Marquez: Rossi admirable for racing on but I’m not made to race for 15th...

Marc Marquez says he 'isn't made to race for 15th' but thinks it is 'admirable' foe Valentino Rossi has continued racing on despite worsening results.

Valentino Rossi, Marc Marquez - Yamaha, Honda.jpg

Marc Marquez says he wouldn’t keep racing in MotoGP if he was circulating in the bottom reaches of the points, saying he isn’t ‘made to race for 15th’ in response to questions concerning one of his bitterest foes in Valentino Rossi.

Rossi heads to what many think will be his last Italian MotoGP at Mugello this weekend following a difficult start to the 2021 MotoGP season, his first with the satellite - albeit factory-supplied - Petronas SRT Yamaha team.

After five races, Rossi has achieved a best finish of just 11th place and is currently 19th in the overall standings but he does have options for next year which may include Yamaha taking up the option on him for 2022 or him joining his own VR46 team, which will run either Yamaha or Ducati machinery next year.

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While Rossi himself isn’t giving much away about his future, the ‘will he, won’t he’ question remains on the lips of many in the paddock - particularly among the Italian press - with Marquez among those to give his take.

When asked what he thought about Rossi’s desire to keep racing more than 20 years after making his 500GP/MotoGP debut, Marquez says he respects his determination but points to his rival’s current results as a reason for why he would have stopped by now.

“His approach is admirable, after all he has achieved, he still wants to race but we have different mentalities. When I can no longer win and fight for the wins, I will stop. I am not made to race for 15th position.”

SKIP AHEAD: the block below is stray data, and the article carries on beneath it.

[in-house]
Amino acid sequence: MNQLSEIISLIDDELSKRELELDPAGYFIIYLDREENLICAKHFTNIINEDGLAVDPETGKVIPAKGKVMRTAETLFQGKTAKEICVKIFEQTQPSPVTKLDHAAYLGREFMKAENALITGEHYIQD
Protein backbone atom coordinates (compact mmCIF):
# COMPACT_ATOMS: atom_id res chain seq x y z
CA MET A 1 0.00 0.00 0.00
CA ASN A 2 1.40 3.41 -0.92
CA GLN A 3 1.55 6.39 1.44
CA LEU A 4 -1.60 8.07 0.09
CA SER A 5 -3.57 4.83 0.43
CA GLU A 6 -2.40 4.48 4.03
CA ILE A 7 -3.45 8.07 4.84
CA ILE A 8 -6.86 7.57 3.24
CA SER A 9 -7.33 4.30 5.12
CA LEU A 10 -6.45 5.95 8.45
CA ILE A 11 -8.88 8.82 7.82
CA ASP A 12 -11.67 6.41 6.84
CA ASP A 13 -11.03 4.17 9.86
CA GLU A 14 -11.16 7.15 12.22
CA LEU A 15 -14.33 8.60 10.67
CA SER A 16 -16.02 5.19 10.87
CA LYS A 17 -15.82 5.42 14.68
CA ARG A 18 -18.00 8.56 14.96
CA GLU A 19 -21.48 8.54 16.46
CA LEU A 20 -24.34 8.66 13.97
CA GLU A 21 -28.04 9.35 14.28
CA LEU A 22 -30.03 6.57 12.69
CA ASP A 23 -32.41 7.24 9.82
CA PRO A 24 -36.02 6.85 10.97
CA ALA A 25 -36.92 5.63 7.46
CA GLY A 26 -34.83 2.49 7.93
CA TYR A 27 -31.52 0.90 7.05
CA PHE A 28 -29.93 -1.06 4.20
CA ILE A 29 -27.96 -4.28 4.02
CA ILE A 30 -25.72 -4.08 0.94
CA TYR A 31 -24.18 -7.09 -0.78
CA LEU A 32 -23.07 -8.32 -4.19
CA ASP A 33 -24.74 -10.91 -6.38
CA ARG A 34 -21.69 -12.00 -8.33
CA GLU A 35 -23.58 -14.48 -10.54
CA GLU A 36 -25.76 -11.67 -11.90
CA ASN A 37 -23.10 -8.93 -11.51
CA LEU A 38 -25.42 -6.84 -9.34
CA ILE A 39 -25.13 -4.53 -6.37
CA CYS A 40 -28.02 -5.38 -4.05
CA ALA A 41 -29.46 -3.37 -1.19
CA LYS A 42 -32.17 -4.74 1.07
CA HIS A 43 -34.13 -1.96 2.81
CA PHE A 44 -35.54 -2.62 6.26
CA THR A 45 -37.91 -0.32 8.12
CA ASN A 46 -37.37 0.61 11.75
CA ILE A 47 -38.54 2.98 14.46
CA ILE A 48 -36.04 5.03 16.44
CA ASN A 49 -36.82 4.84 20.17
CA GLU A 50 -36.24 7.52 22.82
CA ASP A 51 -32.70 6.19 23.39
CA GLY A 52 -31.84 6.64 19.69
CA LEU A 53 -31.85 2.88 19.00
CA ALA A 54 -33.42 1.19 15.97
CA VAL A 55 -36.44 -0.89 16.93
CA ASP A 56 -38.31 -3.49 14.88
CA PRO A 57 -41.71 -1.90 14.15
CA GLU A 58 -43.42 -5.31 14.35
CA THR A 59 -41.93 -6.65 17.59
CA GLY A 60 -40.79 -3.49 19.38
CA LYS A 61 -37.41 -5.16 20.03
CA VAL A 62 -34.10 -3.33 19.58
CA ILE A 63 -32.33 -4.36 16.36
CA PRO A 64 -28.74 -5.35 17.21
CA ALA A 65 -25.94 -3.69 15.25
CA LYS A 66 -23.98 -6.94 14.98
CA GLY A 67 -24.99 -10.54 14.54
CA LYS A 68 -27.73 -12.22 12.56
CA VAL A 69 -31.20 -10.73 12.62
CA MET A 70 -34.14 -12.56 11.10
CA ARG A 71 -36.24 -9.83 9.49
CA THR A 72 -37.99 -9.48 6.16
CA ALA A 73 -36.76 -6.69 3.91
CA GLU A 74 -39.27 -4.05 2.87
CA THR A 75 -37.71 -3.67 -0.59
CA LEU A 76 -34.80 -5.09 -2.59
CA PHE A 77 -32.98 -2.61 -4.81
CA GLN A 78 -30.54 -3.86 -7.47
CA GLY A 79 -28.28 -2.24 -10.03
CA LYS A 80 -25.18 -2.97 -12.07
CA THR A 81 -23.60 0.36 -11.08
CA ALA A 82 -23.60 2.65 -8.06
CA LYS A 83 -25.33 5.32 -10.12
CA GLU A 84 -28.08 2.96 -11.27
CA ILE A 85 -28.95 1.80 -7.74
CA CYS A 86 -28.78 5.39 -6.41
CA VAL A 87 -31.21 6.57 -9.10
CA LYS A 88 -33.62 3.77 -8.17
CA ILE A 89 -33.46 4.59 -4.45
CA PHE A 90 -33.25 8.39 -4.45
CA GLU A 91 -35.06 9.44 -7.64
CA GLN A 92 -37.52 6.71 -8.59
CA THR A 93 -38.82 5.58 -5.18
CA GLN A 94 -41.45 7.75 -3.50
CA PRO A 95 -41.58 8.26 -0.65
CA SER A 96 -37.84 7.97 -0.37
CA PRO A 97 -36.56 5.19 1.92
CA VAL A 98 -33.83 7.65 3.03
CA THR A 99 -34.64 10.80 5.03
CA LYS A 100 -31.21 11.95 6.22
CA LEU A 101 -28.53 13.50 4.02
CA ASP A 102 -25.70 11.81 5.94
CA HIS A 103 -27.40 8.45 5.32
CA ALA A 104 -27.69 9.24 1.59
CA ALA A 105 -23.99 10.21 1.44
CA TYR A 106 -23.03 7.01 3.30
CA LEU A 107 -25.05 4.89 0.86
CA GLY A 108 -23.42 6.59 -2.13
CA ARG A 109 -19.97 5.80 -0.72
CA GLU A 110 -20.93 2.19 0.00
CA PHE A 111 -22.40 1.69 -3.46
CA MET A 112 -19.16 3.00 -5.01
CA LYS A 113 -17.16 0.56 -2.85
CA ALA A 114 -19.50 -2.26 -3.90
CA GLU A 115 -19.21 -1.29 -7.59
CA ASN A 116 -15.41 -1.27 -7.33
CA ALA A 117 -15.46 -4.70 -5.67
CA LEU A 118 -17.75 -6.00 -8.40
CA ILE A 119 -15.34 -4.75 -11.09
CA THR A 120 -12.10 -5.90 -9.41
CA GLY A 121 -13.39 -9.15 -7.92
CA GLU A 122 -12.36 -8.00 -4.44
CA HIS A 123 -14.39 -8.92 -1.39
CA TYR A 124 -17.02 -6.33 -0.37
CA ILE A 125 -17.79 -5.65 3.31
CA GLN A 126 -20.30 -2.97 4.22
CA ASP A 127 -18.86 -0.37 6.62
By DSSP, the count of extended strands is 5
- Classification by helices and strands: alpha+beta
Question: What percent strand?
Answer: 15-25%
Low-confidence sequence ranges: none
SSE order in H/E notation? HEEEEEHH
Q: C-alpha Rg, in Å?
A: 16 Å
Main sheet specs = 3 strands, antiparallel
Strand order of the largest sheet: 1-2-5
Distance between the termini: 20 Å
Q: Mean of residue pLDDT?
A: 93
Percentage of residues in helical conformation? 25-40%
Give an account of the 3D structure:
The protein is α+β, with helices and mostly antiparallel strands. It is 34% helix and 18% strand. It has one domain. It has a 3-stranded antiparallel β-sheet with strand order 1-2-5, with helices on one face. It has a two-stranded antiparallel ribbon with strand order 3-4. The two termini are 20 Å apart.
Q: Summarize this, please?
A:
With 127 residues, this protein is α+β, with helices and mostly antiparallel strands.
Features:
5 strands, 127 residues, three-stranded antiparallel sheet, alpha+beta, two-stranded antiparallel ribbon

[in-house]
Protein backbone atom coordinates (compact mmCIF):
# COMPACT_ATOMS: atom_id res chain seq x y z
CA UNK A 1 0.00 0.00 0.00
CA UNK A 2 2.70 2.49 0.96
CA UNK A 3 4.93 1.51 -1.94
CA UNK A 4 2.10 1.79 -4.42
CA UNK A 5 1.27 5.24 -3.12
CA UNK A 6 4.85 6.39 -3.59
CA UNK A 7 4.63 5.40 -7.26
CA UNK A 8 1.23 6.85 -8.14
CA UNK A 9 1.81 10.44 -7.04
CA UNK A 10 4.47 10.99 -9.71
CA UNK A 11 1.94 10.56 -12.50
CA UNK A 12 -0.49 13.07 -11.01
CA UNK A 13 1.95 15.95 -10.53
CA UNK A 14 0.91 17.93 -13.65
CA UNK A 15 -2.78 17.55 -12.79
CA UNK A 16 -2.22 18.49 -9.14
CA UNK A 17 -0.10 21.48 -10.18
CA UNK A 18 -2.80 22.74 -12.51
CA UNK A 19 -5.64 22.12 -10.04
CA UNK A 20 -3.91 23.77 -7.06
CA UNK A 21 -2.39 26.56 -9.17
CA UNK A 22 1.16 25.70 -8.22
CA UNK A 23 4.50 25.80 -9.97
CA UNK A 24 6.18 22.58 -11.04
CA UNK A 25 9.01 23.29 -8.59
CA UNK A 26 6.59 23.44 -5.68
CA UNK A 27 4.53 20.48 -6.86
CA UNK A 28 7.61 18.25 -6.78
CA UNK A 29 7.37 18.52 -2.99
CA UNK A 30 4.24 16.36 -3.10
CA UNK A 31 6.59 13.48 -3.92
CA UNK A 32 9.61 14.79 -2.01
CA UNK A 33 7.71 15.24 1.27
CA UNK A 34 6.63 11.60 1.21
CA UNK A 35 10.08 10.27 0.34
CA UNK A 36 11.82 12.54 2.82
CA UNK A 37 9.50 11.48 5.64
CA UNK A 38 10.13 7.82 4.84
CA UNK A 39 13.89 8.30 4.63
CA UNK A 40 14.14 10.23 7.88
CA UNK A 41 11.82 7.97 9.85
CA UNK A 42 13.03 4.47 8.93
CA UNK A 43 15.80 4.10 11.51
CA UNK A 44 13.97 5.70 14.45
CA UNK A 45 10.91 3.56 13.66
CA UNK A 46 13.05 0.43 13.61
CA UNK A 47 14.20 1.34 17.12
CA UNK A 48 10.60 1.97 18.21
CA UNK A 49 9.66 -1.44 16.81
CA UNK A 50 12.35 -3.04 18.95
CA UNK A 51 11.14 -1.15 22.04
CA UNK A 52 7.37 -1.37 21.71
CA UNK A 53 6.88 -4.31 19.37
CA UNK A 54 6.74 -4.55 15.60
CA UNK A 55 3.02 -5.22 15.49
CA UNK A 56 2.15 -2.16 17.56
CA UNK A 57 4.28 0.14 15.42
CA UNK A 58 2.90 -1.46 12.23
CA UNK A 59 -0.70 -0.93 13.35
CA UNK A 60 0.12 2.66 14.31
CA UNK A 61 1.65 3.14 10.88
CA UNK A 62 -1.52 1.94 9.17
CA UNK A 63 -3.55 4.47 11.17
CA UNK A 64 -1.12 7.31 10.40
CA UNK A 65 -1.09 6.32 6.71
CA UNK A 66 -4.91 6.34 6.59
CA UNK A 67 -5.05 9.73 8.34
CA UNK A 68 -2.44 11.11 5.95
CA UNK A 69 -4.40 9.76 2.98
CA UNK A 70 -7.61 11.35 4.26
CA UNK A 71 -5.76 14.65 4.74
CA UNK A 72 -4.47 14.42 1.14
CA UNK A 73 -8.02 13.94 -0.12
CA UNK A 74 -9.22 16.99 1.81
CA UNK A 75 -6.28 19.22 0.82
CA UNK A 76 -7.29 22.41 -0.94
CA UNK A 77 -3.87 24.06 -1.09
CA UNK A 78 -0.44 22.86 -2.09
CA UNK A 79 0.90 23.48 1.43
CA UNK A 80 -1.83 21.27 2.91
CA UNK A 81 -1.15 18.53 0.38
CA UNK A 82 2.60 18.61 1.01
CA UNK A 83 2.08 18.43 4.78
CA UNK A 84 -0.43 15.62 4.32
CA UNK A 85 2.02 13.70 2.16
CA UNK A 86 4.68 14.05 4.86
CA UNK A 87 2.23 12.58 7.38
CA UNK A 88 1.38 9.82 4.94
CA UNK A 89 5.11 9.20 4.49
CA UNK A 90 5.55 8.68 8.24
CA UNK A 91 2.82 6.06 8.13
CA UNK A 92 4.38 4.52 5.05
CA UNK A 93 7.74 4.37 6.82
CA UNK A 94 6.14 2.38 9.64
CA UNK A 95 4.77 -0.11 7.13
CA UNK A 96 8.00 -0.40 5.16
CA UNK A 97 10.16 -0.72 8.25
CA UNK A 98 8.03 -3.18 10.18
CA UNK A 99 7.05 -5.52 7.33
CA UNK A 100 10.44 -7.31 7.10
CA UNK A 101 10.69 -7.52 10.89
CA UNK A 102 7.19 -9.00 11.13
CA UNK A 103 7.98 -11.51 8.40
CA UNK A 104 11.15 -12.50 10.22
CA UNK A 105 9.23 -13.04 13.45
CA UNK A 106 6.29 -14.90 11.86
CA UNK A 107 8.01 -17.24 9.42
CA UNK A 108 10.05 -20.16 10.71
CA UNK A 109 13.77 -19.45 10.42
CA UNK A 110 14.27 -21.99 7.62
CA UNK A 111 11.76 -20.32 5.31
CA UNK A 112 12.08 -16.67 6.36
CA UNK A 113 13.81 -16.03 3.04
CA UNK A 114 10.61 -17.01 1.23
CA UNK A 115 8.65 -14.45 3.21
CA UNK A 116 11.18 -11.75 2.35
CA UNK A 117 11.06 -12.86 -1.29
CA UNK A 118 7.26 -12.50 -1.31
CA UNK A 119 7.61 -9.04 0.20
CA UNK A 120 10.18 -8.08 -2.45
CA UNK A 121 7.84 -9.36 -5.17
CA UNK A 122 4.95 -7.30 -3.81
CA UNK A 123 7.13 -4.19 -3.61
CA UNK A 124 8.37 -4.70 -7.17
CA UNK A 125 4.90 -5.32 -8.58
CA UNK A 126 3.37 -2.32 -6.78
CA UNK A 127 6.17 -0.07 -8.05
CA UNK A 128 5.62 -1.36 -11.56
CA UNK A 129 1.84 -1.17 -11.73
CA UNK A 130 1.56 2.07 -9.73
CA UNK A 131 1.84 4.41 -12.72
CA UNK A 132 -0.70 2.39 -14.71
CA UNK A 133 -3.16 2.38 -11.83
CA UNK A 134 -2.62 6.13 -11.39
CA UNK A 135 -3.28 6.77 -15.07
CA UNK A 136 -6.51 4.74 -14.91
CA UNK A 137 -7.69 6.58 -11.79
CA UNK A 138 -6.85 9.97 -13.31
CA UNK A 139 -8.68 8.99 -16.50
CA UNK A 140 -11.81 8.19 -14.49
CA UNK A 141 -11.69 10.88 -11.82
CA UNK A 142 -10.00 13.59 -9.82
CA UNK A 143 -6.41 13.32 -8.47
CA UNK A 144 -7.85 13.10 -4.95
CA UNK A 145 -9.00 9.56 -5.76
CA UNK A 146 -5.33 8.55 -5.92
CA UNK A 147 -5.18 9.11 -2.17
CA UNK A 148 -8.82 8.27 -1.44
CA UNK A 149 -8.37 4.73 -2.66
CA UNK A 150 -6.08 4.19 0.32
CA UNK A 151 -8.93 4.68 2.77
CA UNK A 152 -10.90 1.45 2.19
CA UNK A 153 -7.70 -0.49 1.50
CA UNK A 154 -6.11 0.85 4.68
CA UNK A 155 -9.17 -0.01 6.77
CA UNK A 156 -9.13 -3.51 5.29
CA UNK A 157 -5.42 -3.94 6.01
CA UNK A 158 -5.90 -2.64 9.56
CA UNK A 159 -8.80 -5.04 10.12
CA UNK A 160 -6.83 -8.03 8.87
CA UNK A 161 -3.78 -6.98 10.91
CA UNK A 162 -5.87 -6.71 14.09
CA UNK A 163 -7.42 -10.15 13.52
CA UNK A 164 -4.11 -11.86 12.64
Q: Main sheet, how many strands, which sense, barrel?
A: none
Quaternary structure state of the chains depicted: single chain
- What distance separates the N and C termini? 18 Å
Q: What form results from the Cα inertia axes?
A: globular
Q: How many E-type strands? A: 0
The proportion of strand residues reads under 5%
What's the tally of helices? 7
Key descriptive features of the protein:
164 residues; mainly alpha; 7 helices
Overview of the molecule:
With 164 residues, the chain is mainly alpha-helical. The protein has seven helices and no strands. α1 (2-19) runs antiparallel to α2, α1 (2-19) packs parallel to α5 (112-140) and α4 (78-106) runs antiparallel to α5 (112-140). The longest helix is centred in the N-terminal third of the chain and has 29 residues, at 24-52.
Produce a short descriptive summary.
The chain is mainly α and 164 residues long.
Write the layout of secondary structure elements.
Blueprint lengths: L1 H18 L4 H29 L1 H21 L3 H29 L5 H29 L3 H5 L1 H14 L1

Relations between Rossi and Marquez, though better than they have been in previous years, have never recovered from an explosive end to the 2014 season in which the Italian accused the Honda man of deliberately trying to help countryman Jorge Lorenzo beat him to the title.

It culminated in the pair colliding in Sepang, with Rossi alleged to have kicked Marquez off his bike though camera angles aren’t definitive.

Either way, the rivalry was also seen as representing a change of the guard since Rossi hasn’t come close to challenging for a title since and Marquez went on to win five-in-a-row thereafter.

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It’s a comment that one could view entirely as it is on face value. Or you may choose to admire it as a sly backhanded compliment right down the line into the corner of the court.

Far be it from us to determine the innocence or pot-stirring of said comments - which it should be pointed out were to Italian media - Marquez suggesting he will quit the sport the moment he loses competitiveness isn’t so surprising. 

This is a rider who has barely ever experienced losing, winning all but one of the seven MotoGP seasons he has competed in, not including last year’s long injury time out.

However, this shines the spotlight firmly back on the Spaniard and his increasingly fraught recovery battle that, while solid from a speed point of view, has been rather punishing when it comes to keeping the Repsol Honda upright.

If recovery remains a problem for Marquez and he is still circulating where he is at the moment come the end of the year, will he put his money where his mouth is?